Well, maybe not. I got to thinking this morning about how a wonderful book, The Millionaire Next Door, establishes something very profound. Specifically, those who are truly wealthy (a million dollars or more in assets beyond their home) don't get there because they inherited it, or because they engaged in flashy businesses a la Donald Trump. Nor are they those who inhabit the corner offices of large companies. For the most part, the subjects of his study were those who had learned a trade or profession, plied it well, and lived well below their means.
Their car? Not a Bimmer or Lexus, but rather a Crown Vic or F150. Their house? Closer to yours than you'd guess. Taste for caviar? Nope, they splurge on a steak once in a while. Stanley and Danko found, interestingly, that their non-millionaire research associates (often just grad students) ended up enjoying the champagne and caviar that they'd set out for the millionaires, who were just as happy with hamburgers and Budweiser. "Lifestyles of the Rich and Famous" it was not.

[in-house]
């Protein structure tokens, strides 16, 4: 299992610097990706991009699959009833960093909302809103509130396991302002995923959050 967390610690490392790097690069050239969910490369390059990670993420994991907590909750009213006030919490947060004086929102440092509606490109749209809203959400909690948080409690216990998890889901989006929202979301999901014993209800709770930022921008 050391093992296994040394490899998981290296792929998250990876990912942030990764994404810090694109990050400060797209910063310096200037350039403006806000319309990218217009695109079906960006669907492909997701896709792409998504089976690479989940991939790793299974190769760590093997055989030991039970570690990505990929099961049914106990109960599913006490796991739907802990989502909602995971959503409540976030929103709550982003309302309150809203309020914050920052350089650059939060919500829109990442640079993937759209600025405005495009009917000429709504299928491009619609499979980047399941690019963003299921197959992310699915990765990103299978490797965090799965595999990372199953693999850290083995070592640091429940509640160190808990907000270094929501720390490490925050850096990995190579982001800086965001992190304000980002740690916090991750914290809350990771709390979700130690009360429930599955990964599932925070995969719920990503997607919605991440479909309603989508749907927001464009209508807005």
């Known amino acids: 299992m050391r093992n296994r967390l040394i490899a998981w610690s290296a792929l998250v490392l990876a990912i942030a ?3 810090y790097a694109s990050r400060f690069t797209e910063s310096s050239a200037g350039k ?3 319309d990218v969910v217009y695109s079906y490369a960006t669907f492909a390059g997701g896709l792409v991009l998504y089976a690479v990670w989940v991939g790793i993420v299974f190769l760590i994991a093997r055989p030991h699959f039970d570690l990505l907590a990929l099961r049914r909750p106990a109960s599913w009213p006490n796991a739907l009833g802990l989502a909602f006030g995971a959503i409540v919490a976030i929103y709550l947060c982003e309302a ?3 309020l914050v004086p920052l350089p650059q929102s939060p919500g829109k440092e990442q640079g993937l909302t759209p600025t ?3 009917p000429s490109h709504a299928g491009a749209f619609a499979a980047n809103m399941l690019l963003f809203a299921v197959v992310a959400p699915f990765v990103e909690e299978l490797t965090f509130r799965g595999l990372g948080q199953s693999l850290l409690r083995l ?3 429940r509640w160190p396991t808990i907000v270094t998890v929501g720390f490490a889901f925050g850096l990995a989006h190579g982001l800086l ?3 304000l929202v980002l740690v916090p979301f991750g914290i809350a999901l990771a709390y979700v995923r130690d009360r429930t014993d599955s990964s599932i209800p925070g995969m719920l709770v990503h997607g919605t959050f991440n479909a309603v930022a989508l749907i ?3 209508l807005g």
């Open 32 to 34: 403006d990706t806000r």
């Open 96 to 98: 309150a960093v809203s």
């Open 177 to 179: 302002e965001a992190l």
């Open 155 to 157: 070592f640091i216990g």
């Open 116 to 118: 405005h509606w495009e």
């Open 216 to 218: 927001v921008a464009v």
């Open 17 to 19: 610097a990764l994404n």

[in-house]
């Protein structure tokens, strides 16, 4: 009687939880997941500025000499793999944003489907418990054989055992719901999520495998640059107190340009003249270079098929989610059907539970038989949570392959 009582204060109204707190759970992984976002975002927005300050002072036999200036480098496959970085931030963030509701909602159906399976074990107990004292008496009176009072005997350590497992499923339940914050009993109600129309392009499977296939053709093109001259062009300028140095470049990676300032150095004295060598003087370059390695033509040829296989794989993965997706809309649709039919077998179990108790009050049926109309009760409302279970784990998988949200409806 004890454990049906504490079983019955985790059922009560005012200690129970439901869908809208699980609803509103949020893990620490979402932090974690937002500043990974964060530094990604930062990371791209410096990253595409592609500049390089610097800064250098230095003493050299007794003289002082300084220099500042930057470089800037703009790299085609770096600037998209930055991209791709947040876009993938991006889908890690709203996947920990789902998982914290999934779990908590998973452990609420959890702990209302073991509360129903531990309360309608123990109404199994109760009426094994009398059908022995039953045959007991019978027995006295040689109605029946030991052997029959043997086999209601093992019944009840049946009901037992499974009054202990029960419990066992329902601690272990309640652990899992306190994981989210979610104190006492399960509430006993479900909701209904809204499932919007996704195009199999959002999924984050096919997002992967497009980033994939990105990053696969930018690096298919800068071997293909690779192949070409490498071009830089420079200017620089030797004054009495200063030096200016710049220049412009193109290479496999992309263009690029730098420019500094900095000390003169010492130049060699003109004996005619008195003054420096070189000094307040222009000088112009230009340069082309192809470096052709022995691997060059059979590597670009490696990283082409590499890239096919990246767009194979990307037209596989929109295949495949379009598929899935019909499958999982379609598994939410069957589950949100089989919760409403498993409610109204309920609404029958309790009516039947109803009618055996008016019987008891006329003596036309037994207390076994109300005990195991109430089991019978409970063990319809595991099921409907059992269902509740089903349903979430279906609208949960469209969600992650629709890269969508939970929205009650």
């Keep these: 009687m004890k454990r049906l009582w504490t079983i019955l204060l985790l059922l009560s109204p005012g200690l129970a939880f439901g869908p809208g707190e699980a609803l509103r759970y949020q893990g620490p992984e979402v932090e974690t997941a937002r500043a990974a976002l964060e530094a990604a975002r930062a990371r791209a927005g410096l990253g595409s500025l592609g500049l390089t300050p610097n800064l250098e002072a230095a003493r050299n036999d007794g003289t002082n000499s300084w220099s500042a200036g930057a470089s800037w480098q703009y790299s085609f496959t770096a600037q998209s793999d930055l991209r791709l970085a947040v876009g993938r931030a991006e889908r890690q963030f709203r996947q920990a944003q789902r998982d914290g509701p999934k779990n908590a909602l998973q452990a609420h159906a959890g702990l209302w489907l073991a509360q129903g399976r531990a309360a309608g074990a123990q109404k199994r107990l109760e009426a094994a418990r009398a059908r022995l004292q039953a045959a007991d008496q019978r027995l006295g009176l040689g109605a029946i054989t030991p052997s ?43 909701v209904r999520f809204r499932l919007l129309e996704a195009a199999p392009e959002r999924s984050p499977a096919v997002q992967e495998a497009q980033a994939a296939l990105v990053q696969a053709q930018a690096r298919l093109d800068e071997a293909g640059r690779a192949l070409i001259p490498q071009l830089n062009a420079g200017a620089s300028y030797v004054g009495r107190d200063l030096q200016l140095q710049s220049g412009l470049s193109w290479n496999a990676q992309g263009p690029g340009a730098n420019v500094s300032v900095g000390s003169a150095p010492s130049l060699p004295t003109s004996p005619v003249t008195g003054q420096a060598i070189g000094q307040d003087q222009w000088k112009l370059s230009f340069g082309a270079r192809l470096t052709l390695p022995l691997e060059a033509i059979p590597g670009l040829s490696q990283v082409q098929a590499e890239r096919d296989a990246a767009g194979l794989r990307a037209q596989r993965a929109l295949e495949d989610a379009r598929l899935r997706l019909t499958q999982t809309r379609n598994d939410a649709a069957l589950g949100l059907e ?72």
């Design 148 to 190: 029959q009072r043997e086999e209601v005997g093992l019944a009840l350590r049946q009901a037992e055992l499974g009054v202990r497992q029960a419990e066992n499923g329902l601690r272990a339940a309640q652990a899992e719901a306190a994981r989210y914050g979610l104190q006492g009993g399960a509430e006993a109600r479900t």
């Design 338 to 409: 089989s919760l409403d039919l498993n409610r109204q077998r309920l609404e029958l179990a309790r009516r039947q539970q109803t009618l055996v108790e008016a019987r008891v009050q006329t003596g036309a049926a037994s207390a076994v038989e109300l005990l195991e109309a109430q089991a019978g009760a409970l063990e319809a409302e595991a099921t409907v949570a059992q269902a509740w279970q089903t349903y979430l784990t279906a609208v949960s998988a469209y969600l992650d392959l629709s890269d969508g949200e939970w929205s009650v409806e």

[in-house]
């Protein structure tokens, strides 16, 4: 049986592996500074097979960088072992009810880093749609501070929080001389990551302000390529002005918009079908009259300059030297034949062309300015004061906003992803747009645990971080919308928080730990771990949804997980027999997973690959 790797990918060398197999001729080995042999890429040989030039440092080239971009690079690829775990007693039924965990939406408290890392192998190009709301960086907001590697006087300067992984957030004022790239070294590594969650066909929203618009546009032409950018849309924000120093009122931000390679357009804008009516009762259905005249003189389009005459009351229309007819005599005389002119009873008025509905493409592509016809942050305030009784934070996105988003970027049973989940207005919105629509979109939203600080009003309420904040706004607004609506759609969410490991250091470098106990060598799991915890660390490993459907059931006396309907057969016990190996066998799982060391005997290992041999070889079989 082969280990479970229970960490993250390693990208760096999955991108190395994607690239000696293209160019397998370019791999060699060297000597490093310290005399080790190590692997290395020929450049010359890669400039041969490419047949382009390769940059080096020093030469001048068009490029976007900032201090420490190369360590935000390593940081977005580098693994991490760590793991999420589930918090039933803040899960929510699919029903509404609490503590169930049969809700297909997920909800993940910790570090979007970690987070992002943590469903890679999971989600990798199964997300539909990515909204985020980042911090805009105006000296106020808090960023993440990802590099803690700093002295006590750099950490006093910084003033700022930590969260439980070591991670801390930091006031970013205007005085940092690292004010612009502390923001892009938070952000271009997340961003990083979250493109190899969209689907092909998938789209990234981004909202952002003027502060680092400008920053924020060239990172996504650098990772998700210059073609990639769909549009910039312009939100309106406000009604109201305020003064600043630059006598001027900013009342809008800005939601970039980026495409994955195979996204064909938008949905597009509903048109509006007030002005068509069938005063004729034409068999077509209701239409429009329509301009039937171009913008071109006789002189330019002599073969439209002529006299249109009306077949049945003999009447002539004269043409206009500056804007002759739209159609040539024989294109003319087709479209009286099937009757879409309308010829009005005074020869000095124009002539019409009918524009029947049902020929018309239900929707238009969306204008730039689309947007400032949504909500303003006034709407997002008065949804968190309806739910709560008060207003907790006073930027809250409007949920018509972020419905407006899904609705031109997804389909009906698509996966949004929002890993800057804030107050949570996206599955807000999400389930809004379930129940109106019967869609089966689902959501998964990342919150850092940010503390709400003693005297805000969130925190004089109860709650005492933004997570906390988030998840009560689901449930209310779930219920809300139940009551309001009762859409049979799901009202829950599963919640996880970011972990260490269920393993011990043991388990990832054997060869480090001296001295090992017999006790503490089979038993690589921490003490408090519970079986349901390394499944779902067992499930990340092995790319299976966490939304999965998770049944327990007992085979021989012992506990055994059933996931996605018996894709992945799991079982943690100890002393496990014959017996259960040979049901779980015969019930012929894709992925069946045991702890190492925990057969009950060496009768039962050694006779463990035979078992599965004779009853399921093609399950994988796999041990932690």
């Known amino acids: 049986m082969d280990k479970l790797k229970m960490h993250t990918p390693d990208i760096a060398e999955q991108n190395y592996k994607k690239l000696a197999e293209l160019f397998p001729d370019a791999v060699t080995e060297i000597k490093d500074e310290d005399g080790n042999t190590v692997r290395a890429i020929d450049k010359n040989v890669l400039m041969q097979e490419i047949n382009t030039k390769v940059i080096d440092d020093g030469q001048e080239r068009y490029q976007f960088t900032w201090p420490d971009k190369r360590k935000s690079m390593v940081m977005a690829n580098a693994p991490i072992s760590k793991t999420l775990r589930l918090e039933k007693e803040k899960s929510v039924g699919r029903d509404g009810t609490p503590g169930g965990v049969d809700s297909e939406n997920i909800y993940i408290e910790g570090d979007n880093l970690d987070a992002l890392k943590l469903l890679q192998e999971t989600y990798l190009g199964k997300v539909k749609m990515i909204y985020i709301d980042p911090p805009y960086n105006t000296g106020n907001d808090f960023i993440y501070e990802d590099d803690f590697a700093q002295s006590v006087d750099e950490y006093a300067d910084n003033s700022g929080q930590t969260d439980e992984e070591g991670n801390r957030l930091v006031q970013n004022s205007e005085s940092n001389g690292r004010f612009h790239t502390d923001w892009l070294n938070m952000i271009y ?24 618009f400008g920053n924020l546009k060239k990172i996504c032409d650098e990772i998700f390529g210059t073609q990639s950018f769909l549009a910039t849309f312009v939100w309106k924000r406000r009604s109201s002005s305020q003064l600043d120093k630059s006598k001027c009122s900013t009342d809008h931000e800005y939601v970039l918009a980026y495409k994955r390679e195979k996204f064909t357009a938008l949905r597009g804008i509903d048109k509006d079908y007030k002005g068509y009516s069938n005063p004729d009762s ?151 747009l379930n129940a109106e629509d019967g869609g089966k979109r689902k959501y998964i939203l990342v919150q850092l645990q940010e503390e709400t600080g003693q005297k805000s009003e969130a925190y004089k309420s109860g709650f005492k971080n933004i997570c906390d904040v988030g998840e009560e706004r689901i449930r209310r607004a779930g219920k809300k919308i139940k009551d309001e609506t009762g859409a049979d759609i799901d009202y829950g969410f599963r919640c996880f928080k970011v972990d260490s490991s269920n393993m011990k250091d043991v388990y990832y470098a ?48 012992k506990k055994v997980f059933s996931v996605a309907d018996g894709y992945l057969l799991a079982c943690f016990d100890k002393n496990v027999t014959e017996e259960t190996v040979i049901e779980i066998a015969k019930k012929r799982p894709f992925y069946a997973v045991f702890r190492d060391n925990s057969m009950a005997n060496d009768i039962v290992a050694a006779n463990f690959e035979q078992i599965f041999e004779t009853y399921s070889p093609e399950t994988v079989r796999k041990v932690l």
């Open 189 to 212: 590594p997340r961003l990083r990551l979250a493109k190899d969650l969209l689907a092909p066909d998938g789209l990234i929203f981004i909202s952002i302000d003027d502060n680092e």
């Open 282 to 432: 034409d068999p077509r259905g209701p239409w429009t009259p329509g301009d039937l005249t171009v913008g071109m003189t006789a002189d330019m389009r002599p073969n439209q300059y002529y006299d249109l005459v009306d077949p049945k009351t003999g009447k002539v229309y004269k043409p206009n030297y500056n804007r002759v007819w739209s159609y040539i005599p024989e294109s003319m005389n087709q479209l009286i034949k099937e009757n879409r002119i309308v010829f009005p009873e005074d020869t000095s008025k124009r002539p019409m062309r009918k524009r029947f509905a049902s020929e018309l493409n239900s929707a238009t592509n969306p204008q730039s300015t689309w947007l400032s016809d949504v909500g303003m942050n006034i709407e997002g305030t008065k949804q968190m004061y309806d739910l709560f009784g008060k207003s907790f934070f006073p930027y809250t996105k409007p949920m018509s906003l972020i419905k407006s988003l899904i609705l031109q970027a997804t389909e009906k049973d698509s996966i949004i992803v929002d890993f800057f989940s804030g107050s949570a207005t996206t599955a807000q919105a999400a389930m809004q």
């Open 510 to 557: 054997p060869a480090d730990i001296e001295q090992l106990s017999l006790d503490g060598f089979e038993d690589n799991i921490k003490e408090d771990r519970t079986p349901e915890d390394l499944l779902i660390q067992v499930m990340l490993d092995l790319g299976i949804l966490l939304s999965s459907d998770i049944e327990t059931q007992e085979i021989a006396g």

In other words, a truly rich person in this country is generally one who learns how to make one dollar do the work of two, to use an old adage. Now what does this have to do with Obama's plan to tax the rich to fund (in part) a trillion dollar "stimulus" package?
Well, it's these people--driving older sedans and living in the nice, but not opulent house down your street--who are going to be taxed to pay for this, and the recipients are going to be the guys in the opulent house who are now losing it to foreclosure. In other words, you take from those who make a dollar do the work of two, and you give it to those who make a dollar do the work of fifty cents.
Stimulus? Not exactly. Prescription for a new Depression, or at least a long lasting recession? Now you're getting warmer.
How to Take Care of a Hat - A few years ago, it seems like classic hats (fedoras and trilbies and the like) were making a comeback — no doubt due to one of our very first posts: “Brin...
2 hours ago